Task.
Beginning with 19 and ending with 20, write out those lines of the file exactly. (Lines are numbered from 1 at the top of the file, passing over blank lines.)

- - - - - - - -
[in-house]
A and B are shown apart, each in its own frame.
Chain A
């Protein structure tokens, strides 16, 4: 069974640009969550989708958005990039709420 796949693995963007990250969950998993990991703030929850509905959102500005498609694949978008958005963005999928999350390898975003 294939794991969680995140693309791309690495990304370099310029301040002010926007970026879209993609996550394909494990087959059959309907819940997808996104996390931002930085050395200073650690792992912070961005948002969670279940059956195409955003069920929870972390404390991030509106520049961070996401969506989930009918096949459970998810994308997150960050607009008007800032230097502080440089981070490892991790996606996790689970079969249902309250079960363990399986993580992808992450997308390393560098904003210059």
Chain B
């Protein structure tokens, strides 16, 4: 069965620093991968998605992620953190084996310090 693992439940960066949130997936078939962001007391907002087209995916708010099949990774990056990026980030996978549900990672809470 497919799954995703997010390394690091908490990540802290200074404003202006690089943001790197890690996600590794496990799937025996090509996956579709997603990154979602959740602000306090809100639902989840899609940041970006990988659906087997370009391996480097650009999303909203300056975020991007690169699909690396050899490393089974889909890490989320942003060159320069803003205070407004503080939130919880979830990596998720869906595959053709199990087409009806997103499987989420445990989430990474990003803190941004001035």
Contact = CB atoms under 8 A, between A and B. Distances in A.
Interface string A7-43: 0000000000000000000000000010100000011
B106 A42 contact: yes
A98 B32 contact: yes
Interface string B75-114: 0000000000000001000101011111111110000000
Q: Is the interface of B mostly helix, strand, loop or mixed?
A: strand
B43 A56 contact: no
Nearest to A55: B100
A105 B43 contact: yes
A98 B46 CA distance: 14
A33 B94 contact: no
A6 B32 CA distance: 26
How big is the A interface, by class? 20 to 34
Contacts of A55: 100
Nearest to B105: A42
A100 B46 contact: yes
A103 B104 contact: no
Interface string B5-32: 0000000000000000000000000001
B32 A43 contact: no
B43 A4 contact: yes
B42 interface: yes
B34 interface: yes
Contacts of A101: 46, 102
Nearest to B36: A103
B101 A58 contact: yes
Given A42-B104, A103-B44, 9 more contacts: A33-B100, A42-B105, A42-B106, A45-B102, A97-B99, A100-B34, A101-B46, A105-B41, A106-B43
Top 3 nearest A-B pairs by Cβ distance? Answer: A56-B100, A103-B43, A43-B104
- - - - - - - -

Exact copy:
A6 B32 CA distance: 26
How big is the A interface, by class? 20 to 34